The use of the military in counterterrorism presents a number of problems. The use of military organizations in counterterrorist missions generates unintended consequences on three different levels

  • Terrorist organizations
  • Military Institutions
  • Civil Society and Politics

The high level violence created by the military leads the terrorist to respond with the same level of violence. The consequence of military involvement in counterterrorism also increases the group cohesion and strengthens terrorist organizations.

Militaries are required to make fundamental changes in their organizational structures to counter terrorism.

These changes in the military may cause a diminishing effectiveness in the conventional fighting abilities. Also the issue of resources and expenditures creates a priority problem for militaries which forces military employment either in conventional duties or in counter terrorism.

Civil society usually suffers of losing their supremacy in the ruling of their country if military is employed in counter terrorism role. The classic question of civil-military relations becomes more serious. Terrorism is also a political problem which needs political solutions. But if militaries and violence take priority over political solutions for a long period of time, there may grow a tendency in society to deal with all political problems through the use of arms.

Engagement of Armed Forces

The government of Bangladesh, at various times, has either directly or indirectly relied on the use of military forces to counter terrorism. The use of the military in counterterrorism presents a number of problems.

In the past, a militarized counterterrorist response paved the way for authoritarian rule. It has a certain impact on military, society and the terrorist as well.

Wing Commander M Ataur Rahman , Mirpur Papers, Volume 22, Issue 23, November 2016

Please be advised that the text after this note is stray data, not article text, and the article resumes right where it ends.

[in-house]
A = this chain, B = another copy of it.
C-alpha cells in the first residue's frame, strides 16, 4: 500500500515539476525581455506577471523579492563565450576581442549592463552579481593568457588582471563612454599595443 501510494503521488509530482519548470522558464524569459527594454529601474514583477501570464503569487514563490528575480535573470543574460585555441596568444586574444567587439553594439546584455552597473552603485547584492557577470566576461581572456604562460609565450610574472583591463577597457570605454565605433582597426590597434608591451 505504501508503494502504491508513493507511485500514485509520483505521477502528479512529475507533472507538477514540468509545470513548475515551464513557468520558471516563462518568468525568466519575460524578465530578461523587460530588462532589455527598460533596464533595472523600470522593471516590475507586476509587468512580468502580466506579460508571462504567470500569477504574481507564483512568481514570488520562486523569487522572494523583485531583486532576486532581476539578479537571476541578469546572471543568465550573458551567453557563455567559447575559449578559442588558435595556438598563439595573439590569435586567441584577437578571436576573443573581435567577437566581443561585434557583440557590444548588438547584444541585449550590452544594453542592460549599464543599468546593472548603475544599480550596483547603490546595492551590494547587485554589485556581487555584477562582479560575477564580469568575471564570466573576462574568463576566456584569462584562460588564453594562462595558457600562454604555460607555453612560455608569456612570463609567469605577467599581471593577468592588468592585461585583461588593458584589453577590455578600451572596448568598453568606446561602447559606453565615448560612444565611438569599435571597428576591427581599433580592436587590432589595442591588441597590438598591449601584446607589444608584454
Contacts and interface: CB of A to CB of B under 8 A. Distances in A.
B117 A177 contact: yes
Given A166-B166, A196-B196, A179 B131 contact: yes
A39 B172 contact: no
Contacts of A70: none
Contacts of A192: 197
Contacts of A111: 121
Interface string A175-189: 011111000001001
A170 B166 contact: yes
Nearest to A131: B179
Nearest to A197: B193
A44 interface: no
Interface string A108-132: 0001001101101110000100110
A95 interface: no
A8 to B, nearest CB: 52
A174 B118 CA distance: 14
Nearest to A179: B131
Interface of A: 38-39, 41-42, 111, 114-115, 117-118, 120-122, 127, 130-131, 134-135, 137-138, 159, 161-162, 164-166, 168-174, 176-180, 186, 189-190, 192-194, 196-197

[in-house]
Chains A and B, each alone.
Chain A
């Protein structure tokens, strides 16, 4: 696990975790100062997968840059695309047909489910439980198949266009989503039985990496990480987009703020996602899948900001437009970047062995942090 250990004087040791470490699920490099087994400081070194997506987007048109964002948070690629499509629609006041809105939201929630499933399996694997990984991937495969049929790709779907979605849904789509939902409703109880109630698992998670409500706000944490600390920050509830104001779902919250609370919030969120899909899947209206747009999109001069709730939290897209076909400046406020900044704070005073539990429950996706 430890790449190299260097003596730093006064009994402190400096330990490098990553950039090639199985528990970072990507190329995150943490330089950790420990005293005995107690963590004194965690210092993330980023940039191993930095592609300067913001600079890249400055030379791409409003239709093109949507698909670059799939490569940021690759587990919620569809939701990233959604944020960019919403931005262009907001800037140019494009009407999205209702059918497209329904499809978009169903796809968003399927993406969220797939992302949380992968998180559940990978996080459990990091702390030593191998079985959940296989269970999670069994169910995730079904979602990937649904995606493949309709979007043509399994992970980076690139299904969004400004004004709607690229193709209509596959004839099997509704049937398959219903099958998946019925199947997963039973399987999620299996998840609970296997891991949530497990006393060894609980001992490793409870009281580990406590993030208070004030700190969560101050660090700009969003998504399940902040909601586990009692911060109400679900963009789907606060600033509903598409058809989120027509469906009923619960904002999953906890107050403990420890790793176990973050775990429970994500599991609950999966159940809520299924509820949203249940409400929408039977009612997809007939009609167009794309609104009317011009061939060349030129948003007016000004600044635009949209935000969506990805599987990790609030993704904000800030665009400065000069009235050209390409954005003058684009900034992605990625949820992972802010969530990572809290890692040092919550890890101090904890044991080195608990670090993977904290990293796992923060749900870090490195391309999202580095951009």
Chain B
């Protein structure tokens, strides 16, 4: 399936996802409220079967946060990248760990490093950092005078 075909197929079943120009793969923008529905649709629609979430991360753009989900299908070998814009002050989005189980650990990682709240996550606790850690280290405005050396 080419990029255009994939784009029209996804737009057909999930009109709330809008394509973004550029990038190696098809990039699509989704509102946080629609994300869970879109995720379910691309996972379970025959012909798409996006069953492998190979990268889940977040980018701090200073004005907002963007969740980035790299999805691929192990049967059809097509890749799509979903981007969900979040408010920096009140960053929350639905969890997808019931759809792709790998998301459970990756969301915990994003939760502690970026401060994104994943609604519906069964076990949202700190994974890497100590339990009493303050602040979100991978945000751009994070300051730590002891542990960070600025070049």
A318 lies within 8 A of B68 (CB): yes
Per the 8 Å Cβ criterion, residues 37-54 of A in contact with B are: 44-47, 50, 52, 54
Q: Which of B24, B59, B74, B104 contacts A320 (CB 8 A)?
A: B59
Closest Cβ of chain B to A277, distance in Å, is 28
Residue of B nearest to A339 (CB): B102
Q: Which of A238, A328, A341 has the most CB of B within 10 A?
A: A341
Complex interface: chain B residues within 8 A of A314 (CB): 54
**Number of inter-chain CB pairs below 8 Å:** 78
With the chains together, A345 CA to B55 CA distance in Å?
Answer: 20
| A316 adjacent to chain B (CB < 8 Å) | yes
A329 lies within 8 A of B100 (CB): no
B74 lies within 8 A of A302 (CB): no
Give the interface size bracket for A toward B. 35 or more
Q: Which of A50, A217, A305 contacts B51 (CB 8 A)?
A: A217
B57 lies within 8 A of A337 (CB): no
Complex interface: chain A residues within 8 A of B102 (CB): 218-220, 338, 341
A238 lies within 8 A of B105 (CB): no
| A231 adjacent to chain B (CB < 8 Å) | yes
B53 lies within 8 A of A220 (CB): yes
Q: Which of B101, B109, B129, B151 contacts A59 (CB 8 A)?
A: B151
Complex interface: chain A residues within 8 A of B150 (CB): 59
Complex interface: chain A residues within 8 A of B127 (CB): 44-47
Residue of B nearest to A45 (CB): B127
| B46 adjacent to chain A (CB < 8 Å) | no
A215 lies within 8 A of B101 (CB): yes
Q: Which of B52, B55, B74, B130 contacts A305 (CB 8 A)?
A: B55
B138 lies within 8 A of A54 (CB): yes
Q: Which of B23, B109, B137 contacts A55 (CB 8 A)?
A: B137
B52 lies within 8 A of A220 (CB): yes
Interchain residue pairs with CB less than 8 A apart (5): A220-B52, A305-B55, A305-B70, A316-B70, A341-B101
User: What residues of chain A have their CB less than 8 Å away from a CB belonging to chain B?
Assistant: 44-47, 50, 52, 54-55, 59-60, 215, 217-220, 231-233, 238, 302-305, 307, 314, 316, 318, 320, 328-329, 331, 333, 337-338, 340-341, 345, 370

However, the need to operate in a complex and dynamic operational environment has forced Bangladesh Armed Forces to build new capabilities and allowed the military to execute operational concepts which can be adapted to use against Terrorism. How and in what role the Armed Forces of Bangladesh will be employed to counter Terrorism will depend on the state of development, competency and capability of the other national agencies vis-a-vis the nature of threat Bangladesh is facing. Generally, when the other national agencies are well developed; the military is likely to be employed in a supporting role. Likewise, immature national agencies will necessitate the military to be employed either in a leading or augmenting role. At the end it may be concluded that “The Armed Forces of Bangladesh can be engaged to counter Terrorism as the lead agency or as a supporting agency”

To employ the military to Counter Terrorism as lead agency or supporting agency, the following recommendations are made:

  1. The military can be employed as a supporting agency in remote border regions and territorial waters to curb illegal migration, drug and arms trafficking, for intelligence collection and early warning to help the police.
  2. In the event that terrorist groups become capable of conducting large scale military operations, the military should be the lead agency. The military can also assist the Police to protect national key installations and also can be the lead agency against bio-terrorism threats.
  3. The military can be a lead agency to find out the extremist groups, their hideouts, exposing groups’ motives, targets, command, control and support infrastructure. They may engage in supporting role in responding effectively, efficiently and rapidly to arrest and bring the terrorist under law, profiling extremist individuals and by gathering critical information.

Written by –

Wing Commander M Ataur Rahman

Instructor Pilot of 11 Squadron, 18 Squadron, 31 Squadron, and 1 Squadron, Flight Commander (Operations) of 11 Squadron, 18 Squadron, 31 Squadron and GSO-2 (Special Investigation Wing) in Directorate General Forces Intelligence. He has served in UN Mission in DR Congo (MONUSCO) as a Pilot in Command (PIC)

Extract From : Mirpur Papers, Volume 22, Issue 23, November 2016

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